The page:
Ginger angels at Two Temple Place

Ever heard of Two Temple Place? No I thought not… apparently its London’s first venue to specifically showcase publicly-owned art from around the UK. And believe me, there is a surprising amount of it… the Daily Mail is always banging on about Rembrants in provincial fire stations, and Picassos up lighthouses etc etc. (For a more accurate view do click here to have a look at Public Art Online.)

The building itself is one of London’s hidden architectural gems, an extraordinary late Victorian mansion built by William Waldorf Astor on Embankment, and in and of itself is well worth poking about in. But the inaugural exhibition is the clincher for me… it looks at how William Morris told stories through pattern and poetry. It examines the tales and myths that were most important to him, such as the works of Geoffrey Chaucer, Norse saga, Arthurian legend and Greek myth. 

Morris returned to the same stories throughout his artistic career, and this exhibition explores his continued fascination by arranging the works according to the tale they tell rather than their medium. Five rarely seen panels of the embroidered frieze ‘The Romaunt of the Rose’ are exhibited together with editions of ‘The Works of Geoffrey Chaucer’, elaborately illustrated by Morris and Edward Burne-Jones and printed by Morris’ private press. Both the frieze and Chaucer drew inspiration from the French medieval text the ‘Roman de la Rose’ (Romance of the Rose). This will be the first time that these exquisite panels have been seen since their recent conservation by The Royal School of Needlework.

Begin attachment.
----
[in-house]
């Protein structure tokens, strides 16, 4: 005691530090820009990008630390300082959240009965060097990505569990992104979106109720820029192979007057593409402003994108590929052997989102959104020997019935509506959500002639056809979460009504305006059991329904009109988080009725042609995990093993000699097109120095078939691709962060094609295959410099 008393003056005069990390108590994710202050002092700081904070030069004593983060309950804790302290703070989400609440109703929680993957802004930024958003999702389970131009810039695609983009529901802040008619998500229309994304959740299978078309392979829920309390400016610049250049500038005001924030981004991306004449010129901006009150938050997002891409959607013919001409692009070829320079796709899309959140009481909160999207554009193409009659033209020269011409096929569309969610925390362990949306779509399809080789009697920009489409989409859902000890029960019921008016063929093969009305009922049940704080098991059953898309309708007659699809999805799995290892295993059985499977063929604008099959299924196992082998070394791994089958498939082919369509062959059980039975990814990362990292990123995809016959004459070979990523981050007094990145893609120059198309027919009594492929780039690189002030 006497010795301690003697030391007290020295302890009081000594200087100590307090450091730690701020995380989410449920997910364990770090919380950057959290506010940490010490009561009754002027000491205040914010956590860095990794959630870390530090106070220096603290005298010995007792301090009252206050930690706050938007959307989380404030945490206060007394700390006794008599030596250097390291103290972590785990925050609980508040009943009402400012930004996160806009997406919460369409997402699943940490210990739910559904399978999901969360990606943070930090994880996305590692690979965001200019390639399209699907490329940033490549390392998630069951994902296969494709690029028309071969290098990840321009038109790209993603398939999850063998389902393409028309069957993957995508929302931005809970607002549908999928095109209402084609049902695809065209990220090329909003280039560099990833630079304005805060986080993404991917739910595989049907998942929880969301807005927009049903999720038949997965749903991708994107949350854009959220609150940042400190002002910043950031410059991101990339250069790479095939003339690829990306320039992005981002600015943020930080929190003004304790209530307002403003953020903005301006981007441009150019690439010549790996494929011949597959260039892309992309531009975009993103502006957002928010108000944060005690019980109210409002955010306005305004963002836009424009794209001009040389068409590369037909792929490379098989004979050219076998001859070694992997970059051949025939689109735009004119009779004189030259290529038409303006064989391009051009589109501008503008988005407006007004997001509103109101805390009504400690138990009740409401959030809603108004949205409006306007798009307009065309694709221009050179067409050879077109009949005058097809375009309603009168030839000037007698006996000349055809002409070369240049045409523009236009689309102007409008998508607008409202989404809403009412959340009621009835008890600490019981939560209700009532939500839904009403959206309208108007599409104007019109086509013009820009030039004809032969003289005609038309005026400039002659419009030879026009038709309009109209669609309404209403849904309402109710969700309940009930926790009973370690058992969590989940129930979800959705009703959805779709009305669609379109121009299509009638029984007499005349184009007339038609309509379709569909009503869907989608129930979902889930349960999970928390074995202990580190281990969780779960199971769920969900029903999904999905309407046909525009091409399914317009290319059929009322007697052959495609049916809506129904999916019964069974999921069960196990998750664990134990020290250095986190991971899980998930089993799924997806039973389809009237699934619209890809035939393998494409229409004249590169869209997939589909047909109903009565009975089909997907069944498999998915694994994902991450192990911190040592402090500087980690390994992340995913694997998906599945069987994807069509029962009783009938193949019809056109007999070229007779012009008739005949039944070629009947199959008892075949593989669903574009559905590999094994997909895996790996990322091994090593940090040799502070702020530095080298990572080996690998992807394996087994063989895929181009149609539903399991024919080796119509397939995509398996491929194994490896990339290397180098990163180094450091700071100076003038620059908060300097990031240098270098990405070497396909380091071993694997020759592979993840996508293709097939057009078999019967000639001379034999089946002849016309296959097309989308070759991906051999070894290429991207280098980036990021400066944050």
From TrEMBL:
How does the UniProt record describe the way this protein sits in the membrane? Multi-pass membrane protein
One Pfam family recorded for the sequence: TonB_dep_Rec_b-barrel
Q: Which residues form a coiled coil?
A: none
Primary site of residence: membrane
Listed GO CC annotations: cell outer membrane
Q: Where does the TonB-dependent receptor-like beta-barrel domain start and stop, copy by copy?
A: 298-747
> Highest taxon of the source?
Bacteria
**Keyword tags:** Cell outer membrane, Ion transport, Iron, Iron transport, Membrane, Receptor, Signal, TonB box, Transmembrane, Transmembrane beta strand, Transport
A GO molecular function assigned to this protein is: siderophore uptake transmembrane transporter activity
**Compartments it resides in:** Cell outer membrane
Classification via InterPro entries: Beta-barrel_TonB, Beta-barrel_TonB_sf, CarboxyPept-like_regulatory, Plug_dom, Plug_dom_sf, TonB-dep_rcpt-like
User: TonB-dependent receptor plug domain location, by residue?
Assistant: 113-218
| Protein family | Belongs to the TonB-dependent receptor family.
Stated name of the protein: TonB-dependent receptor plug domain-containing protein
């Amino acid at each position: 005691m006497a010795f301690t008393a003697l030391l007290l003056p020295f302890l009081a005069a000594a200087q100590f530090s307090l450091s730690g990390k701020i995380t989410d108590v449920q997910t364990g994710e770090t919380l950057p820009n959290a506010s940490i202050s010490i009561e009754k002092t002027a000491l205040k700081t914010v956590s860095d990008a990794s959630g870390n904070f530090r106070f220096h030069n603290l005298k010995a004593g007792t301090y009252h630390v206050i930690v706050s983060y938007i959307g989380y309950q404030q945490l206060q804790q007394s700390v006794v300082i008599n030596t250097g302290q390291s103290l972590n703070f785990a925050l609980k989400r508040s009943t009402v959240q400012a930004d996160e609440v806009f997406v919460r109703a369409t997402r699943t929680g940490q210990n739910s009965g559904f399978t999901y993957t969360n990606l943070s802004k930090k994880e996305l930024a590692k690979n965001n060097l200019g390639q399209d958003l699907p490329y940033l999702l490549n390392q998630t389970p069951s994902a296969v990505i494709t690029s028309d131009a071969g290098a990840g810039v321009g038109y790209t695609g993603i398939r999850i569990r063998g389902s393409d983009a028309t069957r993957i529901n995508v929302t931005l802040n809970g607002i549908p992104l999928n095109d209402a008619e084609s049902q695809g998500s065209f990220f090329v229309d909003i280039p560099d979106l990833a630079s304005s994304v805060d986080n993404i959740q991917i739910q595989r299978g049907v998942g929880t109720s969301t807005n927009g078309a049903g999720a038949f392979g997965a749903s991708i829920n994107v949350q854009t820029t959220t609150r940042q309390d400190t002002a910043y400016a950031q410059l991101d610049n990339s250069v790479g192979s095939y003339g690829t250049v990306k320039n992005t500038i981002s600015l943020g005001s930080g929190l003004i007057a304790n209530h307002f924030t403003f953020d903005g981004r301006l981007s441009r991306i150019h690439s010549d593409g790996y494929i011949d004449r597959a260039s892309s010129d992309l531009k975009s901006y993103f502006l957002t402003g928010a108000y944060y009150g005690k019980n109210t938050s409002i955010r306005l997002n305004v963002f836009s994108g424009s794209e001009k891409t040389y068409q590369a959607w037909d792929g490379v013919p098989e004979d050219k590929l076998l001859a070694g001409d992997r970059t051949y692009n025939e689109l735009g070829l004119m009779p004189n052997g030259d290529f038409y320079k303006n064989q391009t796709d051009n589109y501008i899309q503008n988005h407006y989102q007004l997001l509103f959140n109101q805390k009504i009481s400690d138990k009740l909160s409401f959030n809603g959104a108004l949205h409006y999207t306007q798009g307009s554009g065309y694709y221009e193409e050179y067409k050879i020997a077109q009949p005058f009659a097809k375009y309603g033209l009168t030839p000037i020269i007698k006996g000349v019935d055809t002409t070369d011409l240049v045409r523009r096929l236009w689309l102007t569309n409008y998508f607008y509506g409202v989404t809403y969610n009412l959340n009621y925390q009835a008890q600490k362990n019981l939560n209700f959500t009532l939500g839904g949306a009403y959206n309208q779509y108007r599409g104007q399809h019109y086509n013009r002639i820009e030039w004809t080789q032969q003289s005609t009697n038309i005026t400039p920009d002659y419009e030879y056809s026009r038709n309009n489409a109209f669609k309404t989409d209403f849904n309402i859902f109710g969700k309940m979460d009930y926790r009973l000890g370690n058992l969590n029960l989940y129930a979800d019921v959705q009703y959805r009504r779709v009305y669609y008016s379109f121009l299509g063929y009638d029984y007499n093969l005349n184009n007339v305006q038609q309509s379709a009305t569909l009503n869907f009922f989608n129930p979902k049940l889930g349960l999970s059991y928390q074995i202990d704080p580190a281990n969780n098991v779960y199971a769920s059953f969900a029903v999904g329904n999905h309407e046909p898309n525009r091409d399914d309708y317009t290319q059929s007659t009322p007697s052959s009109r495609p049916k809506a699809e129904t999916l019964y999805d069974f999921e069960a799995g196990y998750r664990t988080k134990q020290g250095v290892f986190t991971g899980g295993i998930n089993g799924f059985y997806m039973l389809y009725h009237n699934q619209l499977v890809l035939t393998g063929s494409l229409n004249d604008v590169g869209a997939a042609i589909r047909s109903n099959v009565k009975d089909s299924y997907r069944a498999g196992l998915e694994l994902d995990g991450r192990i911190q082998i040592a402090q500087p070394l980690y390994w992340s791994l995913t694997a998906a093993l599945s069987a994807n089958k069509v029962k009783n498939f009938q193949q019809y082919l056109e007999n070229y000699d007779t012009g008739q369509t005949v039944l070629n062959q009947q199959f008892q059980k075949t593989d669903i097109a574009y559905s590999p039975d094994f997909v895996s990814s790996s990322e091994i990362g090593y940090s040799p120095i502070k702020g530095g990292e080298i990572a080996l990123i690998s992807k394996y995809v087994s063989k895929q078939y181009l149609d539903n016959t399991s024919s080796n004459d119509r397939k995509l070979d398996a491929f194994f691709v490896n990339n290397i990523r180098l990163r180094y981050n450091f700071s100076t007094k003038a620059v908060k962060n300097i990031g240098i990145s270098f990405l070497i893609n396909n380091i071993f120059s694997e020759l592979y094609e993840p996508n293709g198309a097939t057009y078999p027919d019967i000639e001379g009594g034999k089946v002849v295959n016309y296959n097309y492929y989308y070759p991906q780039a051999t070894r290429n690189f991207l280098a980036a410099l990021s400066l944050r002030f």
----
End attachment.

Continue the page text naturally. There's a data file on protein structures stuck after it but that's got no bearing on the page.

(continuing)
The bad news is that you have to go soon… (and there is a good chance that you will bump into me and my mum… we are going for her Christmas present…) the Morris exhibition is only on till 29th January 2012, but it is all FREE (dont tell mum!)

Full details from the Two Temple Place website here.

PS, ever noticed that almost all depictions of male angels are ginger? Especially Pre-Raphaelite ones? Hmm…

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